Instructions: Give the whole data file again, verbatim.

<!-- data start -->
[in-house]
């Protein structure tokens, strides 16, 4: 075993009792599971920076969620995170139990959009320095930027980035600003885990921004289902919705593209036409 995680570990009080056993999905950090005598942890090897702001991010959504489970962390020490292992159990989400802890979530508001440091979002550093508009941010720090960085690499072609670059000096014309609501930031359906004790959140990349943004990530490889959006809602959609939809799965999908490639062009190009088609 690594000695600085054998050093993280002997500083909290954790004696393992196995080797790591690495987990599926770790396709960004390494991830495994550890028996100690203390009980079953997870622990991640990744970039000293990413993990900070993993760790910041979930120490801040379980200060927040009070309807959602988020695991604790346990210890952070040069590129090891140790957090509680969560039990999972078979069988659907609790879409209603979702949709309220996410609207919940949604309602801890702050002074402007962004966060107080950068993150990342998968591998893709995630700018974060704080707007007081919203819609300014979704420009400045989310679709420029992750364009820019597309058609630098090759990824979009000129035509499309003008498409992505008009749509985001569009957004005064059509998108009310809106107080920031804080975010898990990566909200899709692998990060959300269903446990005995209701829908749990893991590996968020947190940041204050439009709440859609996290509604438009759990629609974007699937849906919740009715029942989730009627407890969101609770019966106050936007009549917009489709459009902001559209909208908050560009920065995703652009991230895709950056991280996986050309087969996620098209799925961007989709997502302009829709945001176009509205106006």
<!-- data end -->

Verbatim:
[in-house]
């Protein structure tokens, strides 16, 4: 075993009792599971920076969620995170139990959009320095930027980035600003885990921004289902919705593209036409 995680570990009080056993999905950090005598942890090897702001991010959504489970962390020490292992159990989400802890979530508001440091979002550093508009941010720090960085690499072609670059000096014309609501930031359906004790959140990349943004990530490889959006809602959609939809799965999908490639062009190009088609 690594000695600085054998050093993280002997500083909290954790004696393992196995080797790591690495987990599926770790396709960004390494991830495994550890028996100690203390009980079953997870622990991640990744970039000293990413993990900070993993760790910041979930120490801040379980200060927040009070309807959602988020695991604790346990210890952070040069590129090891140790957090509680969560039990999972078979069988659907609790879409209603979702949709309220996410609207919940949604309602801890702050002074402007962004966060107080950068993150990342998968591998893709995630700018974060704080707007007081919203819609300014979704420009400045989310679709420029992750364009820019597309058609630098090759990824979009000129035509499309003008498409992505008009749509985001569009957004005064059509998108009310809106107080920031804080975010898990990566909200899709692998990060959300269903446990005995209701829908749990893991590996968020947190940041204050439009709440859609996290509604438009759990629609974007699937849906919740009715029942989730009627407890969101609770019966106050936007009549917009489709459009902001559209909208908050560009920065995703652009991230895709950056991280996986050309087969996620098209799925961007989709997502302009829709945001176009509205106006």